Sophia Boring Was Outstanding Henry Johnson School Teacher
In 1954-55, Miss Sophia Boring was my sixth grade teacher at Henry Johnson School on W. Market Street across from Kiwanis Park. This pretty lady had taught there since 1936, after previously being employed at Columbus Powell School.
Our room was on the second floor in the southwest corner of the school overlooking the playground, Miller and Keezel Garage and the Pepsi Cola Plant. One of the first lessons our teacher taught us was to never call her by her first name. One student deviously tested her sincerity and reaped the consequences.
Subjects that year included reading, writing, spelling, English, geography, history, arithmetic, health, physical education, art, music and duty. Miss Gordon Grubbs, the other sixth grade teacher, taught us geography. John Manning, the city’s elementary school physical education director, visited the school on Fridays to work with the boys.
Sophia (oops, Miss Boring) possessed a special talent for reading stories to her students. She was anything but boring. She read and even performed portions of Homer's "Iliad" and "Odyssey" for the class. She was not opposed to standing on her desk for added dramatization. I can still picture in my mind the massive Trojan horse that she word painted for us. She received her training from Science Hill High School’s Dramatic Club in 1927. She also wrote a school play each year, but that is another story.
Weekly Readers were distributed to students at no charge. They were popular juvenile newspapers that contained stories as well as national news, written in a style fitting for six graders. Once a month, a “Classic's Illustrated” comic books was also handed out to students who could afford the 15 cent charge.
In those days, we did not have ballpoint pens. Instead, we used fountain pens that had to be filled with ink. Miss Boring had a cabinet along the back of the room with one shelf dedicated for students’ inkbottles. We identified our bottle by scratching our last name on the cap. To fill a pen, you placed the tip of it into the ink and simultaneously pulled a small lever on the side. This created a vacuum, causing ink to flow into the chamber. We filled our pens each morning before class, which usually lasted us all day.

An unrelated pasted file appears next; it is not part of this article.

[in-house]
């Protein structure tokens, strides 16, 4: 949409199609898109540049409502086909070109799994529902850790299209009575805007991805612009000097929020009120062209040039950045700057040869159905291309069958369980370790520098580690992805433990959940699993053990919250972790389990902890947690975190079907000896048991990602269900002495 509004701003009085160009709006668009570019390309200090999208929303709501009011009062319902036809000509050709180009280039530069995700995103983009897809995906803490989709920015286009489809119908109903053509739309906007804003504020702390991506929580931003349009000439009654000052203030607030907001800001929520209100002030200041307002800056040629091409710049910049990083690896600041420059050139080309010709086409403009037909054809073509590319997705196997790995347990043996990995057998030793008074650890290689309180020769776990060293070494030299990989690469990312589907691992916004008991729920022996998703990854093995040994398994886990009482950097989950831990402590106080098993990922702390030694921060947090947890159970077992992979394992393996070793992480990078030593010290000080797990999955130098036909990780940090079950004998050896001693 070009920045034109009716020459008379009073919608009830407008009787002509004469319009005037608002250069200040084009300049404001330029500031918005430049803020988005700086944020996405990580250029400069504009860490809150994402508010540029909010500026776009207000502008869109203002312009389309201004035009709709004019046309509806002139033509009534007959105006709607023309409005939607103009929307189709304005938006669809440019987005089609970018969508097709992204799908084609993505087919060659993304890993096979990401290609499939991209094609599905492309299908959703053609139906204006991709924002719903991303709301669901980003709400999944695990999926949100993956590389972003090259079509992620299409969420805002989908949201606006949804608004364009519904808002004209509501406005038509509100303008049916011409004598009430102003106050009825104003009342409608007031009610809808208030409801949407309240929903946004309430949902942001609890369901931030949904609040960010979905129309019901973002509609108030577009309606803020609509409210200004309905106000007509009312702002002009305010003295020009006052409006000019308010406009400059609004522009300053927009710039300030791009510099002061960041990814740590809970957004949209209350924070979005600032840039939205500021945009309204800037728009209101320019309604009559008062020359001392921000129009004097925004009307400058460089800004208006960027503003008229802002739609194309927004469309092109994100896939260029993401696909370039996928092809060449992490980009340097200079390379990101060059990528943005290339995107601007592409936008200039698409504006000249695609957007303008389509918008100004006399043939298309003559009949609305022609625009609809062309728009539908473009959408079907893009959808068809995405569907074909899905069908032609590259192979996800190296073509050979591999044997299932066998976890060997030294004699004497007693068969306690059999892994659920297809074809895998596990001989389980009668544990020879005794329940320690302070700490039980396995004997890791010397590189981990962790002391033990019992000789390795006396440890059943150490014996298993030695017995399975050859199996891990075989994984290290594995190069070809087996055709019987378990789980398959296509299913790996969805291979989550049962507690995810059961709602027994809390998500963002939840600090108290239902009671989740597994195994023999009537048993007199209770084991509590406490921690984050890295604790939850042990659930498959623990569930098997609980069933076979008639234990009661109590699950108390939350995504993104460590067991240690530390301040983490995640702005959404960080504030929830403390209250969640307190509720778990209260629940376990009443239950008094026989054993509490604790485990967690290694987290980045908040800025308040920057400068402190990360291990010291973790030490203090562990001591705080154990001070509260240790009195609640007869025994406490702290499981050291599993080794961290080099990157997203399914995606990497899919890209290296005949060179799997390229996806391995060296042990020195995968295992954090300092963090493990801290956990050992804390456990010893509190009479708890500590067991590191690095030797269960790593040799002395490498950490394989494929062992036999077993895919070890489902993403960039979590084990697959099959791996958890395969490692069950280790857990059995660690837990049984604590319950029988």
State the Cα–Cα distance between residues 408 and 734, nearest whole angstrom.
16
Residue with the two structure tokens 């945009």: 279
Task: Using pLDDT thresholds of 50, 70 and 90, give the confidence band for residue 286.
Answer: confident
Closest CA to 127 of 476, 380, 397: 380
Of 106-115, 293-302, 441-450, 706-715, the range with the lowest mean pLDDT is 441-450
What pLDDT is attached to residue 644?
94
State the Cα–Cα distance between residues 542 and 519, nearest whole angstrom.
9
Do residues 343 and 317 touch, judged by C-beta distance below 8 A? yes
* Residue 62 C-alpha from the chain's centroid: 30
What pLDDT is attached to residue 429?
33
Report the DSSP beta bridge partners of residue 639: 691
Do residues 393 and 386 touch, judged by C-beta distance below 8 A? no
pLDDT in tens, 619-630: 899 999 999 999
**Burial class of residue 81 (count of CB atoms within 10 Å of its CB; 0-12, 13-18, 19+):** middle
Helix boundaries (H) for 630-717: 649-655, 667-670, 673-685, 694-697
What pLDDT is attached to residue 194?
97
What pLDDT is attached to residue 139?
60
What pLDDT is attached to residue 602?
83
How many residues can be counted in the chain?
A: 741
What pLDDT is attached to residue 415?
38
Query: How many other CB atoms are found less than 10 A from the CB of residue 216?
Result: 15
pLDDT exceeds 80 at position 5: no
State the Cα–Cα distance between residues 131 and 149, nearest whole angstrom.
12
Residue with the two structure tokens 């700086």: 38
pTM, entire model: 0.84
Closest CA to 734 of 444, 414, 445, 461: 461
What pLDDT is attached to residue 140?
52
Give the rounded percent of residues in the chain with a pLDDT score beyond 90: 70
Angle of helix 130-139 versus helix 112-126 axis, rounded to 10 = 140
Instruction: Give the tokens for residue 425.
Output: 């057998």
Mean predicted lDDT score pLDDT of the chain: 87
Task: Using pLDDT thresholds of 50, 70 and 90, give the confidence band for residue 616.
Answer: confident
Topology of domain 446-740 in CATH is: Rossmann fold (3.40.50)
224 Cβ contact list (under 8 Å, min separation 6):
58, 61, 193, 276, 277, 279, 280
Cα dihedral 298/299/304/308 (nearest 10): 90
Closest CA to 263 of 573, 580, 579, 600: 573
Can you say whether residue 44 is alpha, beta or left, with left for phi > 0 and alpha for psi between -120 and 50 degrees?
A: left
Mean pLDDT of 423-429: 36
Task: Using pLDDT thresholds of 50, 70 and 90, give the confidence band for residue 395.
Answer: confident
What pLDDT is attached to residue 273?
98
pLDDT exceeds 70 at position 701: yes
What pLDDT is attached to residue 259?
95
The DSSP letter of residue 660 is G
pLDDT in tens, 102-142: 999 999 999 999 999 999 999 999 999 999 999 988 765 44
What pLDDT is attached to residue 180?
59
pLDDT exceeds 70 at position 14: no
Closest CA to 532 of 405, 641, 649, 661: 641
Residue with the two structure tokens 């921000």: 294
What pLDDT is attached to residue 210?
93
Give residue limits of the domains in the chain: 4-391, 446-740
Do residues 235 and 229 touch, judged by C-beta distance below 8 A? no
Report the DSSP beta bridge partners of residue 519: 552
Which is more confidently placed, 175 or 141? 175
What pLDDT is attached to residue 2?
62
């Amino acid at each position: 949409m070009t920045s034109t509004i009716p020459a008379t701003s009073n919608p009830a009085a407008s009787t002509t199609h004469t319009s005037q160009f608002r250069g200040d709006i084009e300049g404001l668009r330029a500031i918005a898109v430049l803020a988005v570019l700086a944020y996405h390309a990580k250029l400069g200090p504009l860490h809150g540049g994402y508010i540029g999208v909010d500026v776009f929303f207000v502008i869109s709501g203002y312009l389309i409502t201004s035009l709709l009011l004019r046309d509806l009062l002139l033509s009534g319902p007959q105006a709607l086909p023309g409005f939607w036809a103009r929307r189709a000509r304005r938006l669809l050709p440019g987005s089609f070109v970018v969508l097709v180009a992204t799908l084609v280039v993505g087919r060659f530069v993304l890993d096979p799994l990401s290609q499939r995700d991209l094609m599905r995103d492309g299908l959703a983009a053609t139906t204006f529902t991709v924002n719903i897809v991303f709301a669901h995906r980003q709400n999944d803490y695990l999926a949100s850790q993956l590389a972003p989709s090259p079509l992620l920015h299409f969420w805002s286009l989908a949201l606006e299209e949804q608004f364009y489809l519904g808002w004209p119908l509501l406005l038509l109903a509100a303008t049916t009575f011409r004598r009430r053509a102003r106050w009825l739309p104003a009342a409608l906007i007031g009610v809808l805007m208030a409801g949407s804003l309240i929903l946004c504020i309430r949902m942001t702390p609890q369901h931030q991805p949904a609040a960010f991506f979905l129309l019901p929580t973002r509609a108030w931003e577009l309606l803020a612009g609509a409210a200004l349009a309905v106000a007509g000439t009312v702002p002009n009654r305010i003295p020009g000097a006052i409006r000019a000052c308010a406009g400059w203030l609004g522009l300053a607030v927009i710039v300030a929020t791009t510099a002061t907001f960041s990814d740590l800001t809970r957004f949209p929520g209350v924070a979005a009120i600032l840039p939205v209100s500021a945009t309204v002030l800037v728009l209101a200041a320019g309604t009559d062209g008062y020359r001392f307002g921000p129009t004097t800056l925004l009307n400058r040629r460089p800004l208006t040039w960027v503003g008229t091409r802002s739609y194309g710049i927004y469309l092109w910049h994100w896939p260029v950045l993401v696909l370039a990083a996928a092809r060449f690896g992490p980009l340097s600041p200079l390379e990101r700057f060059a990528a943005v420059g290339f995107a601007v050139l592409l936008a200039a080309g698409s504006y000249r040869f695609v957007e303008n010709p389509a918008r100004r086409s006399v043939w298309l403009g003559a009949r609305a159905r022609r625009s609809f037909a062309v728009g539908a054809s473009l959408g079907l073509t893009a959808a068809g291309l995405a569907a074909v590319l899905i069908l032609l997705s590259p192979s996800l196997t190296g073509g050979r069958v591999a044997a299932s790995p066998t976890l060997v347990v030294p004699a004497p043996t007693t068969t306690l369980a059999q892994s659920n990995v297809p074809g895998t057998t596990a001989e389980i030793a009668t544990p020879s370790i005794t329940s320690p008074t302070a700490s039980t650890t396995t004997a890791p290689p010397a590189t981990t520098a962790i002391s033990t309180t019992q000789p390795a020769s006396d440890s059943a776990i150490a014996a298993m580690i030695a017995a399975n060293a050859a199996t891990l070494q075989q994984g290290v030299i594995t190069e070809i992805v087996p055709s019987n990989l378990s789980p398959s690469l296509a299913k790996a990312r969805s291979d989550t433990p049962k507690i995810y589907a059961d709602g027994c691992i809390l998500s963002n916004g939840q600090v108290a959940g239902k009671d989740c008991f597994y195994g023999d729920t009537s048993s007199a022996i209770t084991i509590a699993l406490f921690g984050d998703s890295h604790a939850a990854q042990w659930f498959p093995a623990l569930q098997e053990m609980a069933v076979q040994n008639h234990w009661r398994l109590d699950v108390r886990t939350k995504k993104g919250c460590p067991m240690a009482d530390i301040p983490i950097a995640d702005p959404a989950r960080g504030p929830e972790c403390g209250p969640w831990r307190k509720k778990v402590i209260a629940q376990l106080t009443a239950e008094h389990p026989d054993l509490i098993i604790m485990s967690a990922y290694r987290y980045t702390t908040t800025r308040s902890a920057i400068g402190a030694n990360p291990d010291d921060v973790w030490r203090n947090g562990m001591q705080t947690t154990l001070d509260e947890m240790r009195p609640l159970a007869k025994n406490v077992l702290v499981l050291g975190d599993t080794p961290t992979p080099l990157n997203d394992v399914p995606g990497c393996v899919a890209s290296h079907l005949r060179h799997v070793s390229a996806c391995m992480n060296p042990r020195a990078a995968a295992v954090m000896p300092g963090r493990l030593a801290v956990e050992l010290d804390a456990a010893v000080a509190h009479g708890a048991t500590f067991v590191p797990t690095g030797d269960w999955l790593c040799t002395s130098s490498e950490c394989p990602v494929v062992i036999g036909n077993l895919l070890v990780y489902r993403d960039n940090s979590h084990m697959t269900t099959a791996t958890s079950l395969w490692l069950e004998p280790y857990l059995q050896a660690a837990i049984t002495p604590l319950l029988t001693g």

Our classroom had slate blackboards along the north and east sides. Within a few years, green boards began replacing black ones, but the newer ones did not seem natural to us. We still referred to them as blackboards.
Assigned daily duties, which were graded, included carrying out trash, dusting erasers, sweeping the floor and washing blackboards. A fundamental rule was to erase the boards thoroughly before washing them to prevent streaking. We took the erasers to a designated outside door on the west side of the school for cleaning, which consisted of beating two of them together. We were strictly forbidden to strike an eraser against the steps or side of the building. About half way into the year, the school purchased an electric eraser, which was actually a small vacuum cleaner. It was kept in the back of the cafeteria for all classes to use. It was especially loud.
After I graduated from the sixth grade, I did not see Miss Boring again until 1967 when I learned that she lived on Highland Avenue. I just had to see her. I shared several memories with her from that era, but sadly she was unable to recall any of them. When I bragged on her wonderful teaching skills and story telling ability, she seemed pleased. I concluded the visit and departed happy that I had seen my former teacher. She passed away shortly thereafter. She stands tall as one of my better schoolteachers.
Miss Boring (upper left inset) probably took the column photo showing her 32 students posing on the upper set of front steps of the school. The photo was her 1927 Sciience Hill High School graduation picture.
Classmates that I can identify are (left to right):
Front: 1. Carolyn Patrick, 2. Joan Curtis, 3. Tonda Nave, 4. Jean Senter, 5. ?, 6. Janice Blevins, 7. Dorothy Greene, 8. Robert Cox, 9. Charles Willingham, 10. Frankie Lewis.
Middle: 11. ?, 12. Brenda Lady, 13. ?, 14. ?, 15. Janie Buchanan, 16. ?, 17. Nanci Biddix, 18. ?, 19. ?, 20. Allen Davis, 21. Jimmy Laughren, 22. Bill Durham.
Back: 23. Johnny McKenzie, 24. Ralph Miller, 25. Wyndham Frye, 26. Edward Johnson, 27. Harold Tyree, 28. Leonard Smith, 29. Stanley Bishop, 30. Kyle Bulla, 31. Larry Hodges and 32. Eddie McKinney.
If anyone can supply the missing names, drop me a note for inclusion on the History/Heritage page.